Star Tribune Article

BRANDON MITCHELL a.k.a. B-Doggs from Wrecks-N-Effect
(1971 – August 8th, 1990)
Wrecks-N-Effect was one of the key HipHop groups bringing the New Jack Swing sound to the forefront of music in the late 80s and early 90′s. Their wordplay was simple and fun and their beats thumped, with Brandon’s half-brother/musical genius Teddy Riley on the boards. The Harlem based group made some dope party bangers and also pulled off a Platinum album in the process. They also flipped Mtume’s JUICY FRUIT and named the song JUICY here .. and that was Five years before Biggie and Puff flipped the same sample and used the same song title. While having an argument over a woman Mitchell was shot and killed at age 20.

- (HipHop’s Fallen Soldiers part III – Coming Soon) –

Posted by in Music

Eyedea didn’t die, he’s busy teaching God how to rap.


Eyedea was something else, man. I can see why you’d think that about rhymesayers, but Eyedea is about as dope as it gets


where the fuck is Big L????


he is naming artist who didnt get the nobody knows about, hes talked about how dope he thinks L is alot of times, read the start of part one, hes not going to mention the likes of L Pac Big Pun …more of other dope guys who slipped under the radar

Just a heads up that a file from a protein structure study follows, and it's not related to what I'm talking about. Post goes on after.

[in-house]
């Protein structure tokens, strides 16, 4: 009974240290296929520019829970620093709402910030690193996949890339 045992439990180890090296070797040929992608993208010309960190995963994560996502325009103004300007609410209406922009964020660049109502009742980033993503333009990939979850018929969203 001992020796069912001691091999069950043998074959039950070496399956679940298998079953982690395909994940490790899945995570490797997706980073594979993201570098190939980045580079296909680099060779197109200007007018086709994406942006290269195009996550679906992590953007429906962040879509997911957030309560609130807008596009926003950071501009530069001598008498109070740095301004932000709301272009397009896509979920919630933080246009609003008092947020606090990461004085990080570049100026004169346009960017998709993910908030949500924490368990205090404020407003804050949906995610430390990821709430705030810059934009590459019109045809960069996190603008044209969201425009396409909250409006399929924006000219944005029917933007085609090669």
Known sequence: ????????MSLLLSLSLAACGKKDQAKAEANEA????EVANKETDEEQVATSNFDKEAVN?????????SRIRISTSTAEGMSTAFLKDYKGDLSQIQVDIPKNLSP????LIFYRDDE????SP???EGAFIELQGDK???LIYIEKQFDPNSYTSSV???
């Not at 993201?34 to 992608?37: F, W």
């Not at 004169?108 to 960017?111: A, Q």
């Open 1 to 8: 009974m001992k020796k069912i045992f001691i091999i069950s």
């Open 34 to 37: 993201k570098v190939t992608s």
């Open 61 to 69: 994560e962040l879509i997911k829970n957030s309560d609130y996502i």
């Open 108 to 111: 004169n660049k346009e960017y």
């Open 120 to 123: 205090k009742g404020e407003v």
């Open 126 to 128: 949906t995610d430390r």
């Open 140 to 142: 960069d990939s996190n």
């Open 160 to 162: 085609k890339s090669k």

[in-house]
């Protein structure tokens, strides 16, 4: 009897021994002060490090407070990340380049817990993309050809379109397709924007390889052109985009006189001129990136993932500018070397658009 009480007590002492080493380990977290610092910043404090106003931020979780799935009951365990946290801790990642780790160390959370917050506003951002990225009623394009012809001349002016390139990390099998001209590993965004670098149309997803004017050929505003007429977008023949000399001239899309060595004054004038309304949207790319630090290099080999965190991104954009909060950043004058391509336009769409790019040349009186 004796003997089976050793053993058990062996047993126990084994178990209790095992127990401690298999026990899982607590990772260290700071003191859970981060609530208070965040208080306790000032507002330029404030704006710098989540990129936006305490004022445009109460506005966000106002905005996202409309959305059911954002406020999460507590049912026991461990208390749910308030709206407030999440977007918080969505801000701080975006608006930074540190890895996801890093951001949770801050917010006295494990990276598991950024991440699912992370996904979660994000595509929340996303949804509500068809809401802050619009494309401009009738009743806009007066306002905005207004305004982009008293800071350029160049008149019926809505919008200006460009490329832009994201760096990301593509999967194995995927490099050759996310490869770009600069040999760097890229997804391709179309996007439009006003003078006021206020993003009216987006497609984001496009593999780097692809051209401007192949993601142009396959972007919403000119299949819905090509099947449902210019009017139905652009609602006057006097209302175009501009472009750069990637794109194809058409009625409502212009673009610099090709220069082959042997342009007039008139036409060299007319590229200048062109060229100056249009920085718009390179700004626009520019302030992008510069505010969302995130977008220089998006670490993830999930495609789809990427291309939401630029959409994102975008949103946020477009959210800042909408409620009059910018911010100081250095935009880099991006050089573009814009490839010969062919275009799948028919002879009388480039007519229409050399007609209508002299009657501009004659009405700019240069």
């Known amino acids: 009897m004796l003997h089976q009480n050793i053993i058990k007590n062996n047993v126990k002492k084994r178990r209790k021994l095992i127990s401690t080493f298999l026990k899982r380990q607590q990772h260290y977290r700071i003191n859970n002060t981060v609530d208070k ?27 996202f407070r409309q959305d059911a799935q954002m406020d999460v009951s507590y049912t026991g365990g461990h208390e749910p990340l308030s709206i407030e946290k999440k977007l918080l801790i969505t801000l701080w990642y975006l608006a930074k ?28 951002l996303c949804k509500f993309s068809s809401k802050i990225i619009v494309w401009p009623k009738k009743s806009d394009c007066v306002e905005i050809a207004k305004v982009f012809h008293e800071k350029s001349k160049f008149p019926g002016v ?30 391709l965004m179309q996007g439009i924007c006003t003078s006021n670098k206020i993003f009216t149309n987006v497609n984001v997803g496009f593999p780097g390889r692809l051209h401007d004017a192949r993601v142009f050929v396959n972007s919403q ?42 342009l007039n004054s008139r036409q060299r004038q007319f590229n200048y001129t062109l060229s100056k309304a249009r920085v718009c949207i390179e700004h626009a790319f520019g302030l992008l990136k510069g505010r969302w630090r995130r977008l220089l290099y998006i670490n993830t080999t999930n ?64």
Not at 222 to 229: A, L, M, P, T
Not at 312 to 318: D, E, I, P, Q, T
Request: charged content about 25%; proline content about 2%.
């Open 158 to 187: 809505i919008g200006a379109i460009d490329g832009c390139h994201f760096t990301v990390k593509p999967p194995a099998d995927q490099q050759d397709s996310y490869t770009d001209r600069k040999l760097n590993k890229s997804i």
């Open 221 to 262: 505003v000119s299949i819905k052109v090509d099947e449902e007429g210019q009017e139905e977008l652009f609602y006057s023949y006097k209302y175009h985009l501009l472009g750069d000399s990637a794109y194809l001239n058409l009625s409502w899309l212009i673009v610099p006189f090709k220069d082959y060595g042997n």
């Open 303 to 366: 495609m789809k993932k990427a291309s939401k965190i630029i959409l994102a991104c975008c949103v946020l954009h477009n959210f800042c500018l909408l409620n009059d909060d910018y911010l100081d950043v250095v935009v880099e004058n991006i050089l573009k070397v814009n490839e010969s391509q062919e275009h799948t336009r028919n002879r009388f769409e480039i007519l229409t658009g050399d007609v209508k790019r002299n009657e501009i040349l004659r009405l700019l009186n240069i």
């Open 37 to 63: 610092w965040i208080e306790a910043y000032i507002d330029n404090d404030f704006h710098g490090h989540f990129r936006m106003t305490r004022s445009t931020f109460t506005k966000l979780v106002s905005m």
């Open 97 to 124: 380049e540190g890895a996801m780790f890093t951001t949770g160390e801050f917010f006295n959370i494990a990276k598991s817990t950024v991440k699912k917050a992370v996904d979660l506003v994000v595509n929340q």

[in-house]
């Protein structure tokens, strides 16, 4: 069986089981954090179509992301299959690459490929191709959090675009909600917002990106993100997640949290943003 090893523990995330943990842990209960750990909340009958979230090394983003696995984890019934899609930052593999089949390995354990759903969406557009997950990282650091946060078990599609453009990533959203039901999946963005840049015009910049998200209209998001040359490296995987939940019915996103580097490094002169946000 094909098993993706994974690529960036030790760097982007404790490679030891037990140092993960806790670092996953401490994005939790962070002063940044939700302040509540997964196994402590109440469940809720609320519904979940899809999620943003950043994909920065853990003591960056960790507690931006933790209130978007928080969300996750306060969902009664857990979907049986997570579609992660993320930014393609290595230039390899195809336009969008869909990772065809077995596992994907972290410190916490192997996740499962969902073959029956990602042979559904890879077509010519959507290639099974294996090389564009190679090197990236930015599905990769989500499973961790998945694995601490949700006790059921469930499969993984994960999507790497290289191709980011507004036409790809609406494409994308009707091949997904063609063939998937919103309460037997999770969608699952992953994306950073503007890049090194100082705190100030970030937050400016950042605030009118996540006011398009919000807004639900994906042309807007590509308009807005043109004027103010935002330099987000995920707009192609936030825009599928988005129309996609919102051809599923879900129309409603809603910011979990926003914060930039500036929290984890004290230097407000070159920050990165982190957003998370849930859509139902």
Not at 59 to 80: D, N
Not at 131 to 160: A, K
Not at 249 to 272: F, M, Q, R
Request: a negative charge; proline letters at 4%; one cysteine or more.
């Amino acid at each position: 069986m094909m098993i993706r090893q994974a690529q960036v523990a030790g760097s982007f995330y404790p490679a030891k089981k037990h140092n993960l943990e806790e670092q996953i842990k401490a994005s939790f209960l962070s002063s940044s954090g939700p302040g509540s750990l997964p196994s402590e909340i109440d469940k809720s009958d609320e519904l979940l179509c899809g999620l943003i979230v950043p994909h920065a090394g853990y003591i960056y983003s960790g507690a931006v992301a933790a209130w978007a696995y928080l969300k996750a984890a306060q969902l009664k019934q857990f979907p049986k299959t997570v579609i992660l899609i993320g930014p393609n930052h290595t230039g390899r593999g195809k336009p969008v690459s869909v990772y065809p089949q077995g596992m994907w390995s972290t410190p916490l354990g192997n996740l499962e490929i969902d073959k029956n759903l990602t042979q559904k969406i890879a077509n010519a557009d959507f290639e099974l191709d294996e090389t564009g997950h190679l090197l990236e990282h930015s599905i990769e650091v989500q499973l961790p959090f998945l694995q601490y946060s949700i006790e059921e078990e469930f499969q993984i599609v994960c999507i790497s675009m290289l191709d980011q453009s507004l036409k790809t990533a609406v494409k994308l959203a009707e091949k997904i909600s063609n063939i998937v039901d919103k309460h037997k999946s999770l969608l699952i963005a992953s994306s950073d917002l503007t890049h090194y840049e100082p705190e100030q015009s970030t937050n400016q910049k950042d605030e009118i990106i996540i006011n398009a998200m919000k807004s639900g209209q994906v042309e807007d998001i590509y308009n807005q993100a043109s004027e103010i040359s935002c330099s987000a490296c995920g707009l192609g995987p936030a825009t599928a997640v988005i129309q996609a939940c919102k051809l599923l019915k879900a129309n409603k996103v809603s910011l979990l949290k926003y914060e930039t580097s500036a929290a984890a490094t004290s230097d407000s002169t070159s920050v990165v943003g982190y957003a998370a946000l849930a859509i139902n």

I dunno about Sha though… he might have been a good dude and all but his skills are highly suspect… I saw him bust the same “off the dome” on different occasions, then bust it again on G4, being interviewed about how he’s a freestyle “master”… cmon son. RIP though


yeah cmon son I know all about that, that was my first exposure to Sha and I can stand here and rap that whole record from memory. but thanks to RA I did a little digging and found a few Sha gems that I’m thinking outweigh whatever fake “off-the-dome” shenanegans he was involved in at the end of his life.


Good, informative article. Another person you could mention for the next part of the article is Party Arty- he was the emcee with the really gruff voice on Big L’s song ‘Da Graveyard’. There are a few of his rap battles up on youtube as well….. he was a monster.


Deejay Xelcior [ Facebook ]

October 19, 2011 at 8:40 am

I agree with ALK about Big-L. These guys get little recognition in comparison. Everyone gonna be sayin’ what about Dilla? next, LOL. @ Wordlife, in my humble opinion Killah Sha was an incredible Emcee, who never sold out with some corny lame ass beats. “Come On” for example is a phenomenal tune which sits in my favourite stack of vinyl. RIP all the fallen soldiers. Respects for taking the initiative Rugged Man, Peace out!


what about big proof?? so so under rated, one of the best freestyler ever,